Maybe you just moved to a new city and want to start a private studio or maybe you have a few private music students and want to learn how to grow your existing studio. My studio started out with a handful of students and over time, grew to more than 50 regular students each week, and now I cap it at around 30. Follow the steps below and you too can begin to learn how to get music students and begin grow and develop a music studio that lasts!
Have a plan
Sit down and sketch out a business plan for your private studio. Ask yourself:
- What kind of students do I want to teach?
- Where will I teach?
- How long will the lessons be?
- How much am I going to charge?
Get some business cards
Resumes are cumbersome and take up precious space on a teacher’s desk but a business card is small and can easily be thrown in a drawer on pinned to a bulletin board for future reference. Young students also love getting business cards. Having a business card, something their parents usually get, makes them feel grown up and they will remember you so be sure to hand them out during any masterclasses or sectionals you teach.
Send out emails
Start emailing band directors, choir teachers, music stores, university teachers, and basically anyone who might be able to help you. Introduce yourself, let them know you are in the area, a little bit about yourself, and that you are looking for students. A couple of weeks later send out a second round to confirm that they received your first email.
Reach out to the competition
Do you know who else in the area is teaching private lessons? If not, try to find out. Contact local private teachers. Let them know who you are and that you are looking for private students. My studio is currently full but I am constantly receiving emails from other band directors looking for teachers and I am happy to pass along the names of other local teachers.
Volunteer your time
Offer to teach a sectional or help a band director test beginners on new instruments. This is a great way to network and start to build a potential client base. Often the teacher will ask what your rate is and you can then negotiate a fee (aka actually GET PAID to recruit). If the teacher says they don’t have it in their budget, you could offer your services pro bono if you think you could get several new students out of it. Do what feels most comfortable for you.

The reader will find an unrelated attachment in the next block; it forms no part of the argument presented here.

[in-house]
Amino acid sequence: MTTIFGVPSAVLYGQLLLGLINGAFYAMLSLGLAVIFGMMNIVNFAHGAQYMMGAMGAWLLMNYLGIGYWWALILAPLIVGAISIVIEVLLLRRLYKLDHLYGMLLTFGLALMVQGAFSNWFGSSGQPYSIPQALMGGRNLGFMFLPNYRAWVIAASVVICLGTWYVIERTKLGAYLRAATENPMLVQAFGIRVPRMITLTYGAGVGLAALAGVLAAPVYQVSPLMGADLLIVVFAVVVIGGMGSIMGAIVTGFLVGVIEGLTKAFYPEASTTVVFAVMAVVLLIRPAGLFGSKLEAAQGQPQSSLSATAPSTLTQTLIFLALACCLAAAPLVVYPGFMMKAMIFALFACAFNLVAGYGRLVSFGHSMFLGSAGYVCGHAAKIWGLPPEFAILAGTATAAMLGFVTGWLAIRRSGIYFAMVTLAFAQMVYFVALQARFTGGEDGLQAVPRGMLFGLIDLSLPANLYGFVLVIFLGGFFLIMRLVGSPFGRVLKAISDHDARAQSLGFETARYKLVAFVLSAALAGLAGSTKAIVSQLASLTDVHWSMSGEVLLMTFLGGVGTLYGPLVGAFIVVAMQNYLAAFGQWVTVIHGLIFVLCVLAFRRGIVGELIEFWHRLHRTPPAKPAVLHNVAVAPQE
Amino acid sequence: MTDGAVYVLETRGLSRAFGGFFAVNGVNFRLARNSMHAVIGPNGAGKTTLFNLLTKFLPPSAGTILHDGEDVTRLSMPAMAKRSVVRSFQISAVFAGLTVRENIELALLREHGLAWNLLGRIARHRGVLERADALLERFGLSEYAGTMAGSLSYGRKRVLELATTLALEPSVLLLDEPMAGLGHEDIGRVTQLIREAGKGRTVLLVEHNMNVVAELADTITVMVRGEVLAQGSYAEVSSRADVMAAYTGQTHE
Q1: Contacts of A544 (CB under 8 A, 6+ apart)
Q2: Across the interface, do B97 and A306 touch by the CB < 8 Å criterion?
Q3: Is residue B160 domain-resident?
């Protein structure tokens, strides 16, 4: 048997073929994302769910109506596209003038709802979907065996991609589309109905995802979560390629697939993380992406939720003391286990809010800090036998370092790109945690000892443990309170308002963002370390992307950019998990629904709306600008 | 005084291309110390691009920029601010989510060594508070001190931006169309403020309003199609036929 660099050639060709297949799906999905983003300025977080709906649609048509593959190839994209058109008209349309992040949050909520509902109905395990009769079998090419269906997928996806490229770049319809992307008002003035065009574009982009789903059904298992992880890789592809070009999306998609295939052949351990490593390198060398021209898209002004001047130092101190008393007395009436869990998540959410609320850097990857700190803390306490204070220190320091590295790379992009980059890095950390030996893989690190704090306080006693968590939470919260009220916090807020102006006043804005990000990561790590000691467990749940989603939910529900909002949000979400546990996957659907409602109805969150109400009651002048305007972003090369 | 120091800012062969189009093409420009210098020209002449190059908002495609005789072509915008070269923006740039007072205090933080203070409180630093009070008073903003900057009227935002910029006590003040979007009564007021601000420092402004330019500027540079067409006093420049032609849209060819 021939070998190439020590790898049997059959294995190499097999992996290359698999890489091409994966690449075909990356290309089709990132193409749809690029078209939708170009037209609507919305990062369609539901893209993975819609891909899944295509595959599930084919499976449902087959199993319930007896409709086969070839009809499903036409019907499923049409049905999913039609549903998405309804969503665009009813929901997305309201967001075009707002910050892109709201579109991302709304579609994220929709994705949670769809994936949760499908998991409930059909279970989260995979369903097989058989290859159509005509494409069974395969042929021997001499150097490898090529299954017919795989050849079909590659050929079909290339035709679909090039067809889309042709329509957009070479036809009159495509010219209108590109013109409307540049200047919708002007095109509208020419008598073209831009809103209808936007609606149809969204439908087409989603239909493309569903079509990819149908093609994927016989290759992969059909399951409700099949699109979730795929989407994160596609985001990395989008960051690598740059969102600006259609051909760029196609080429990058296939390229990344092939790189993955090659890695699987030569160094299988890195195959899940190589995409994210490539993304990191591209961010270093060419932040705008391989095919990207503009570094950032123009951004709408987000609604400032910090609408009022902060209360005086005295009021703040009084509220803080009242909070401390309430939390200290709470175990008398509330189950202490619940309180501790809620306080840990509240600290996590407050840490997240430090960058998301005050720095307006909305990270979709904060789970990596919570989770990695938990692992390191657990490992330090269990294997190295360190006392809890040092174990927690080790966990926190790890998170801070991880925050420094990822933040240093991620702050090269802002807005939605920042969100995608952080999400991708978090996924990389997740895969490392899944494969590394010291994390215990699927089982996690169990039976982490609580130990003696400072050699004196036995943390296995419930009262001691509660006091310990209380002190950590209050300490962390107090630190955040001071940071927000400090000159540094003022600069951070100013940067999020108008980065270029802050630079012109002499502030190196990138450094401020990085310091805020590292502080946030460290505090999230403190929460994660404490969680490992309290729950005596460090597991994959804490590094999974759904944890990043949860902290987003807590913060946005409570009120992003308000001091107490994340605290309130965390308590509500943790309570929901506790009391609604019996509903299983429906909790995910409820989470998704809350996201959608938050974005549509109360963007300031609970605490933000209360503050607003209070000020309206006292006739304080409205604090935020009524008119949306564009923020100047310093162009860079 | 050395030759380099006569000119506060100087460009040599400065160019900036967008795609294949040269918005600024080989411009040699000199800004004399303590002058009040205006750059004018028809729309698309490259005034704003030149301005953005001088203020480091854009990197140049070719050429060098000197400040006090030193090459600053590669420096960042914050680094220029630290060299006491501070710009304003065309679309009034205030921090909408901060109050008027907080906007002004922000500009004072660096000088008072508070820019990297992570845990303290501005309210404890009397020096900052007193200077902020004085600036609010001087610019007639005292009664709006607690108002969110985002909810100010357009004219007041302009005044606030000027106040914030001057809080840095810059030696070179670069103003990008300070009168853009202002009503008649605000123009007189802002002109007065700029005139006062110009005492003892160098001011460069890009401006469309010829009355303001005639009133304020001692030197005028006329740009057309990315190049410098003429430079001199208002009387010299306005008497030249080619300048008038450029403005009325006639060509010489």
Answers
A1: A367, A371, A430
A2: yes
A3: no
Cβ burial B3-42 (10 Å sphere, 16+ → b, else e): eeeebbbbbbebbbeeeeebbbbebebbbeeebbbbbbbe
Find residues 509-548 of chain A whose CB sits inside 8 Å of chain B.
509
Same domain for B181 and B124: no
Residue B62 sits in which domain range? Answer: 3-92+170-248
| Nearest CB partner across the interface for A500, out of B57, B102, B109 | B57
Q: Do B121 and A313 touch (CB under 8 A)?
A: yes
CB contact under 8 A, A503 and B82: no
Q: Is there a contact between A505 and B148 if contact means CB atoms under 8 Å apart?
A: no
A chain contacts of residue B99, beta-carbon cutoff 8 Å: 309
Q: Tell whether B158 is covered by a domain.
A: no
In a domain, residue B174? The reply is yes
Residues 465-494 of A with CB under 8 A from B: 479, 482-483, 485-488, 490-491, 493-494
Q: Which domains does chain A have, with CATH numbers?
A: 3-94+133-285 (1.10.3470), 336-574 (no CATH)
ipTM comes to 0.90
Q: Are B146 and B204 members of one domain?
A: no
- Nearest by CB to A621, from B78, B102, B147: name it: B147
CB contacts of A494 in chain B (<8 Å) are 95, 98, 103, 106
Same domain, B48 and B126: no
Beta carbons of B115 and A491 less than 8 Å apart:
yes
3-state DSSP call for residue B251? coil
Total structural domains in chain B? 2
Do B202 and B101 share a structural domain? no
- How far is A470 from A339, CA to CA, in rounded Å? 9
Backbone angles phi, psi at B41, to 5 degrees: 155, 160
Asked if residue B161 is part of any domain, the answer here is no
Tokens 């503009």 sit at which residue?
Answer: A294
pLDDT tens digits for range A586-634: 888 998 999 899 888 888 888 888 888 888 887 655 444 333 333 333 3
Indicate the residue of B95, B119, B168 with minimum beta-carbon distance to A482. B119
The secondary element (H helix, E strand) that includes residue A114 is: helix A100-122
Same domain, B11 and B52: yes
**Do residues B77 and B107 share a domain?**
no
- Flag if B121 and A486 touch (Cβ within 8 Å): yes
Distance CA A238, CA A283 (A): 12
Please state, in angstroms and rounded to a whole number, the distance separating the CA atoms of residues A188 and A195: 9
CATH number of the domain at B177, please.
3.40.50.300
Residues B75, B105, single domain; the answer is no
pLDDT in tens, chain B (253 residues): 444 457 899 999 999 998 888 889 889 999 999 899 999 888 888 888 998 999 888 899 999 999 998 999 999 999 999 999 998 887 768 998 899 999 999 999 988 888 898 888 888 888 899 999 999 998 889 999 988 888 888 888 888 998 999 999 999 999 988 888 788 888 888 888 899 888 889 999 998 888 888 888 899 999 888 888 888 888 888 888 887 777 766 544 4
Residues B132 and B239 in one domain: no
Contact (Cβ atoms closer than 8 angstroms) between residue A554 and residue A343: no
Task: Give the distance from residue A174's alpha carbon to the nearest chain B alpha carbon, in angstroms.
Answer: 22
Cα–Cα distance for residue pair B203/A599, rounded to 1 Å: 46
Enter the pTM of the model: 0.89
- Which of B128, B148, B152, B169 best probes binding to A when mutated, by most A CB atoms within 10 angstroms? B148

After volunteering with a program, be sure to send a follow-up email thanking them for the opportunity and letting them know you would be happy for them to give your contact information to students who may be interested in private lessons.
Reach out to community boards
Does your neighborhood have Nextdoor or a similar community site? What about a local community Facebook group If so, pop onto the site and mention that you are new to the area and that you teach music lessons. Make it a short but sweet note because many of these boards discourage advertising. People who are interested can contact you with questions either through the app or a private message.
Contact local music shops and after-school care centers
Music shops often contract out teachers to come into their stores and teach lessons. You most likely won’t make as much money per lesson as you would privately, but these jobs have their perks. You don’t have to deal with scheduling or collecting money and many stores offer you a small percentage of sales to your students.
After-school care centers may be willing to allow you to come in and teach music lessons if you offer them a percentage of the lesson fee. These centers often market themselves as offering student enrichment…make sure they know what enrichment opportunities music lessons offer.
Start to build
Once you have a few students, start to build from there. Let any music teachers you are working with know that you have room for more students (music teachers often look to each other for recommendations). Offer a referral program for any students who bring in a new client, and be sure to let any other private teachers you meet know that if they have any overflow, you will be happy to help them out.
Don’t give up
Building a private studio is hard work. Lessons won’t just come to you (no matter how good you are) you have to go out there and find them, but with hard work, and a little perseverance, you too can build a successful private studio.
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